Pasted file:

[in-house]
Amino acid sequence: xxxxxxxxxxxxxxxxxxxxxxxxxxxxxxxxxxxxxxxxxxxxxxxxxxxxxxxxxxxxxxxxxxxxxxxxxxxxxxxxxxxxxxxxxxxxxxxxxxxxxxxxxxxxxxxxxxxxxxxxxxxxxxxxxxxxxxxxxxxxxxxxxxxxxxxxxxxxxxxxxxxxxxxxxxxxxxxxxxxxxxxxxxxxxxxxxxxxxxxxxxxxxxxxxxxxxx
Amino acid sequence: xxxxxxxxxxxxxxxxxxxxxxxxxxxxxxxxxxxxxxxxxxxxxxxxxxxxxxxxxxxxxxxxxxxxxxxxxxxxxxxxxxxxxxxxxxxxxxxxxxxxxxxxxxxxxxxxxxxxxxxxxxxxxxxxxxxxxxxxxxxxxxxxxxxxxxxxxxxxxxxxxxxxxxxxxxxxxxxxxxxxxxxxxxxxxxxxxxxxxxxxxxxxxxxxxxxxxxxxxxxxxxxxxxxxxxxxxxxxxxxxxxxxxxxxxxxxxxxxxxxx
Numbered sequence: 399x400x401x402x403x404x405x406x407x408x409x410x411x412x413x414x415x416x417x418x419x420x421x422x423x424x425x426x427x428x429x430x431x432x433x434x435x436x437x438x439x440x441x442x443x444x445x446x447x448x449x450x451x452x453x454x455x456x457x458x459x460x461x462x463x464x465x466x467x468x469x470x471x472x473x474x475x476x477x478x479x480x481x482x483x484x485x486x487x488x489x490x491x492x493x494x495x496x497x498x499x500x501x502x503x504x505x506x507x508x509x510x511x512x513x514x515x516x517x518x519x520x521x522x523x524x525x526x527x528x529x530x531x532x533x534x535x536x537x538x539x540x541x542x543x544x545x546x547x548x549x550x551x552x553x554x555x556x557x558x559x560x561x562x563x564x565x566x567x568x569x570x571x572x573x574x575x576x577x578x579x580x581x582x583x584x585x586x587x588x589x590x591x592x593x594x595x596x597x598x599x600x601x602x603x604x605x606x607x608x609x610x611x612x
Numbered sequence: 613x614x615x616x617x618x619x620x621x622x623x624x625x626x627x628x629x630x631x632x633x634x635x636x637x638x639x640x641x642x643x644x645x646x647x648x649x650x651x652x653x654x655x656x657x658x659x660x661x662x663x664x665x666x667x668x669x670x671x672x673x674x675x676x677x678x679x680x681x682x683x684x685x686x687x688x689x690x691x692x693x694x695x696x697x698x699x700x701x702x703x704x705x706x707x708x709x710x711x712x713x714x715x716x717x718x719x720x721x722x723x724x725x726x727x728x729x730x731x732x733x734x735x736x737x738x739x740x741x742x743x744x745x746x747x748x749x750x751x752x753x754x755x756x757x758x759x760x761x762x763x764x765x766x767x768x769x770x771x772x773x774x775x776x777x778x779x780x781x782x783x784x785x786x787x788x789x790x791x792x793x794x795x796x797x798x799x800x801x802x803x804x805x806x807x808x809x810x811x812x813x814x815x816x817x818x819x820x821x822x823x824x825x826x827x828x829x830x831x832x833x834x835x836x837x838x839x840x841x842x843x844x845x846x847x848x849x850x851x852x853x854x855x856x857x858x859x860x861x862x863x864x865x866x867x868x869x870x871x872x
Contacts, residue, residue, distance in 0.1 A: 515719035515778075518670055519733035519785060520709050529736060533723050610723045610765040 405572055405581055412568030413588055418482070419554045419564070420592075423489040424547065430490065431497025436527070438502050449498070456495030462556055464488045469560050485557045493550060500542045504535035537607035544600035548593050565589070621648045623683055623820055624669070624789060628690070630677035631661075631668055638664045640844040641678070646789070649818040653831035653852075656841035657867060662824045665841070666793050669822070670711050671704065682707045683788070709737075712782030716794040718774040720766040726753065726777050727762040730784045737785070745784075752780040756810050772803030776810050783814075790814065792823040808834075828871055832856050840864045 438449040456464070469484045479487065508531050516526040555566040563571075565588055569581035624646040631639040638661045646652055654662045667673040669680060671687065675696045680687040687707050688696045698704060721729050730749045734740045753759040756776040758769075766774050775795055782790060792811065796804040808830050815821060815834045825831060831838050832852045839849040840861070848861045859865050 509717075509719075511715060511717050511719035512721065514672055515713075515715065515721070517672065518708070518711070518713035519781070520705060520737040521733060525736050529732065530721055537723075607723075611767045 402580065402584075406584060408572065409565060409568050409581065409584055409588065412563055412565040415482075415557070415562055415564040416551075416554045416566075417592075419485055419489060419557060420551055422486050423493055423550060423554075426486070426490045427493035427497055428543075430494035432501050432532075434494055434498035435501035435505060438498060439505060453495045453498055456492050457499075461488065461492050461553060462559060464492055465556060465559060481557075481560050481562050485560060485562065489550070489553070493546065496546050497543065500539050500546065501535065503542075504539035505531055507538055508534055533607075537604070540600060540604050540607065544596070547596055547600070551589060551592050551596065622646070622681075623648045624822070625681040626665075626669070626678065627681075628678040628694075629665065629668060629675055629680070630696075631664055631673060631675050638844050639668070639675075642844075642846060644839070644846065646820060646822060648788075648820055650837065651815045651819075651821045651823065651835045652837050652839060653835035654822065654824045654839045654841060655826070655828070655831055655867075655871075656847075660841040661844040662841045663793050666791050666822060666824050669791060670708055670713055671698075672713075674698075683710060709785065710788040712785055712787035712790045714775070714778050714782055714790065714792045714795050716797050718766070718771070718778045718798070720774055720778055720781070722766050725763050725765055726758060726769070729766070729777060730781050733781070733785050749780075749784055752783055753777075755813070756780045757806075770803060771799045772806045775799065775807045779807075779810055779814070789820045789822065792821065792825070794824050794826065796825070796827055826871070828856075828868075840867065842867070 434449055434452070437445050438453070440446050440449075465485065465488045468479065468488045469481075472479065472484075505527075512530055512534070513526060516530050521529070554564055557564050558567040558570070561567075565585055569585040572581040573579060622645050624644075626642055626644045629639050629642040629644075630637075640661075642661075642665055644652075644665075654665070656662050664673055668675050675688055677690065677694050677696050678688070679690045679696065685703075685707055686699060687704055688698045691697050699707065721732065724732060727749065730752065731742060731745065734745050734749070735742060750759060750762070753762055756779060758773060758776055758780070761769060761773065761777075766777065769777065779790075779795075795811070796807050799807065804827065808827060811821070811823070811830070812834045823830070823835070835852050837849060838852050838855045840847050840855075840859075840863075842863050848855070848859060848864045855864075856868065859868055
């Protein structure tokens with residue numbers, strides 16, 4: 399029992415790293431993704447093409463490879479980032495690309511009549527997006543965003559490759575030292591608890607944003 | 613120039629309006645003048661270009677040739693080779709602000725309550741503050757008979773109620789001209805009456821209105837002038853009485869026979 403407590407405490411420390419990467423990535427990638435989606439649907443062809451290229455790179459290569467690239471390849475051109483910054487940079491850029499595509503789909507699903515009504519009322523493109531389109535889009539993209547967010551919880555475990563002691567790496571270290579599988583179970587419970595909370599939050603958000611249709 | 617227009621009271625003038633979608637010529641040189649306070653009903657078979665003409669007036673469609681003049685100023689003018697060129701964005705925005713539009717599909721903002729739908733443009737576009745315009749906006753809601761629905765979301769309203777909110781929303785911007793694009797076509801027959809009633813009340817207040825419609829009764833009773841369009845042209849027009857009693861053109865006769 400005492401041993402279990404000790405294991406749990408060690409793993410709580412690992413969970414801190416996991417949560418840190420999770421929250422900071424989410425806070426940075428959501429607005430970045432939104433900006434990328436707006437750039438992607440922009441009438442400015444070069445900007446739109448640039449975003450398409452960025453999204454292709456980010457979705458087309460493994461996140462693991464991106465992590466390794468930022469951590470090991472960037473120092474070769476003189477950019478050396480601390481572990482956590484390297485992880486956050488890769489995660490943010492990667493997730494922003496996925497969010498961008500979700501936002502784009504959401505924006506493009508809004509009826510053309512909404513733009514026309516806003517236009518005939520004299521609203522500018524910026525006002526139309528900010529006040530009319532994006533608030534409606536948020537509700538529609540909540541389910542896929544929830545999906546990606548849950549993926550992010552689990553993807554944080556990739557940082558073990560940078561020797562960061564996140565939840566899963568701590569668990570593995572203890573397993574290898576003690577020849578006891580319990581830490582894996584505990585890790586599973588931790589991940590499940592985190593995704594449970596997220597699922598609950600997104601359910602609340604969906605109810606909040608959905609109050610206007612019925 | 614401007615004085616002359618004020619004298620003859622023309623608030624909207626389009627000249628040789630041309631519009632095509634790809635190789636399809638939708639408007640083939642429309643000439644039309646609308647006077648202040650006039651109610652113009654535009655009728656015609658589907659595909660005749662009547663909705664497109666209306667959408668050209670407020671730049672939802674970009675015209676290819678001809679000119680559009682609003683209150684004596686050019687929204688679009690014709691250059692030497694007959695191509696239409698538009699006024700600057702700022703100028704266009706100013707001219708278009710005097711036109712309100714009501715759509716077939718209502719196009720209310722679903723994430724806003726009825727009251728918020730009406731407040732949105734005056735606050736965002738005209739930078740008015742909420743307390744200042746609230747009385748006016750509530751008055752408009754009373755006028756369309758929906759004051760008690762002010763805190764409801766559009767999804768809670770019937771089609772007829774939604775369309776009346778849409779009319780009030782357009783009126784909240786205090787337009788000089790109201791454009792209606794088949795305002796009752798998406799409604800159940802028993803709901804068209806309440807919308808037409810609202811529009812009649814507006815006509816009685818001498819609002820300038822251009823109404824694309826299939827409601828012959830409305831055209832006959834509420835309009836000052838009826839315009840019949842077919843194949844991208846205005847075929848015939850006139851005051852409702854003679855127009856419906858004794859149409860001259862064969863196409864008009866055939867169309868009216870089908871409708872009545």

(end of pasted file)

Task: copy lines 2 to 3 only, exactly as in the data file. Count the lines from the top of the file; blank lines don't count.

Amino acid sequence: xxxxxxxxxxxxxxxxxxxxxxxxxxxxxxxxxxxxxxxxxxxxxxxxxxxxxxxxxxxxxxxxxxxxxxxxxxxxxxxxxxxxxxxxxxxxxxxxxxxxxxxxxxxxxxxxxxxxxxxxxxxxxxxxxxxxxxxxxxxxxxxxxxxxxxxxxxxxxxxxxxxxxxxxxxxxxxxxxxxxxxxxxxxxxxxxxxxxxxxxxxxxxxxxxxxxxx
Amino acid sequence: xxxxxxxxxxxxxxxxxxxxxxxxxxxxxxxxxxxxxxxxxxxxxxxxxxxxxxxxxxxxxxxxxxxxxxxxxxxxxxxxxxxxxxxxxxxxxxxxxxxxxxxxxxxxxxxxxxxxxxxxxxxxxxxxxxxxxxxxxxxxxxxxxxxxxxxxxxxxxxxxxxxxxxxxxxxxxxxxxxxxxxxxxxxxxxxxxxxxxxxxxxxxxxxxxxxxxxxxxxxxxxxxxxxxxxxxxxxxxxxxxxxxxxxxxxxxxxxxxxxx